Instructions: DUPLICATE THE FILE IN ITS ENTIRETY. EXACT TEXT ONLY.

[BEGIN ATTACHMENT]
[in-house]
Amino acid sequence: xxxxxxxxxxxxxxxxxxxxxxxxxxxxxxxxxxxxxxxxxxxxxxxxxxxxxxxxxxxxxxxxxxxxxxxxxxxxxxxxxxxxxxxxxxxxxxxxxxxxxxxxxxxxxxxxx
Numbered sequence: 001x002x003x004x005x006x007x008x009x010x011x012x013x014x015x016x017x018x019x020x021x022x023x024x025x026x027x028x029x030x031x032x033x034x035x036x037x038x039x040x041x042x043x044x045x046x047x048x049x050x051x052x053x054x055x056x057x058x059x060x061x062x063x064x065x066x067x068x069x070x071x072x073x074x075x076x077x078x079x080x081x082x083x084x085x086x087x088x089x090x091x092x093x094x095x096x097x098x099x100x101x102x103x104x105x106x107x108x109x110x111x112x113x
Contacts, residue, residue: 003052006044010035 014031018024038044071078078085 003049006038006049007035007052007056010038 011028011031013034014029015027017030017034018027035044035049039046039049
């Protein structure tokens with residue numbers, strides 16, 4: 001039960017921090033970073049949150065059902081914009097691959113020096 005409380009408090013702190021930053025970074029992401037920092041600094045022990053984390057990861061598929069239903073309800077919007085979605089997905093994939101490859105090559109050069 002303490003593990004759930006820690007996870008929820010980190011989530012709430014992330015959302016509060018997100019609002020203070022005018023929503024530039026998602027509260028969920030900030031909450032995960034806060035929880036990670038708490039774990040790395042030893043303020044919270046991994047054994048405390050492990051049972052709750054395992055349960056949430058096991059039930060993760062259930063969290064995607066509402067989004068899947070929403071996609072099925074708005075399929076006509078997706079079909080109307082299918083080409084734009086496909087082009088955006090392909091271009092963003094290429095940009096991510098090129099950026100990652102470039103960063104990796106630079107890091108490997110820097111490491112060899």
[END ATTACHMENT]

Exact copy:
[in-house]
Amino acid sequence: xxxxxxxxxxxxxxxxxxxxxxxxxxxxxxxxxxxxxxxxxxxxxxxxxxxxxxxxxxxxxxxxxxxxxxxxxxxxxxxxxxxxxxxxxxxxxxxxxxxxxxxxxxxxxxxxx
Numbered sequence: 001x002x003x004x005x006x007x008x009x010x011x012x013x014x015x016x017x018x019x020x021x022x023x024x025x026x027x028x029x030x031x032x033x034x035x036x037x038x039x040x041x042x043x044x045x046x047x048x049x050x051x052x053x054x055x056x057x058x059x060x061x062x063x064x065x066x067x068x069x070x071x072x073x074x075x076x077x078x079x080x081x082x083x084x085x086x087x088x089x090x091x092x093x094x095x096x097x098x099x100x101x102x103x104x105x106x107x108x109x110x111x112x113x
Contacts, residue, residue: 003052006044010035 014031018024038044071078078085 003049006038006049007035007052007056010038 011028011031013034014029015027017030017034018027035044035049039046039049
């Protein structure tokens with residue numbers, strides 16, 4: 001039960017921090033970073049949150065059902081914009097691959113020096 005409380009408090013702190021930053025970074029992401037920092041600094045022990053984390057990861061598929069239903073309800077919007085979605089997905093994939101490859105090559109050069 002303490003593990004759930006820690007996870008929820010980190011989530012709430014992330015959302016509060018997100019609002020203070022005018023929503024530039026998602027509260028969920030900030031909450032995960034806060035929880036990670038708490039774990040790395042030893043303020044919270046991994047054994048405390050492990051049972052709750054395992055349960056949430058096991059039930060993760062259930063969290064995607066509402067989004068899947070929403071996609072099925074708005075399929076006509078997706079079909080109307082299918083080409084734009086496909087082009088955006090392909091271009092963003094290429095940009096991510098090129099950026100990652102470039103960063104990796106630079107890091108490997110820097111490491112060899």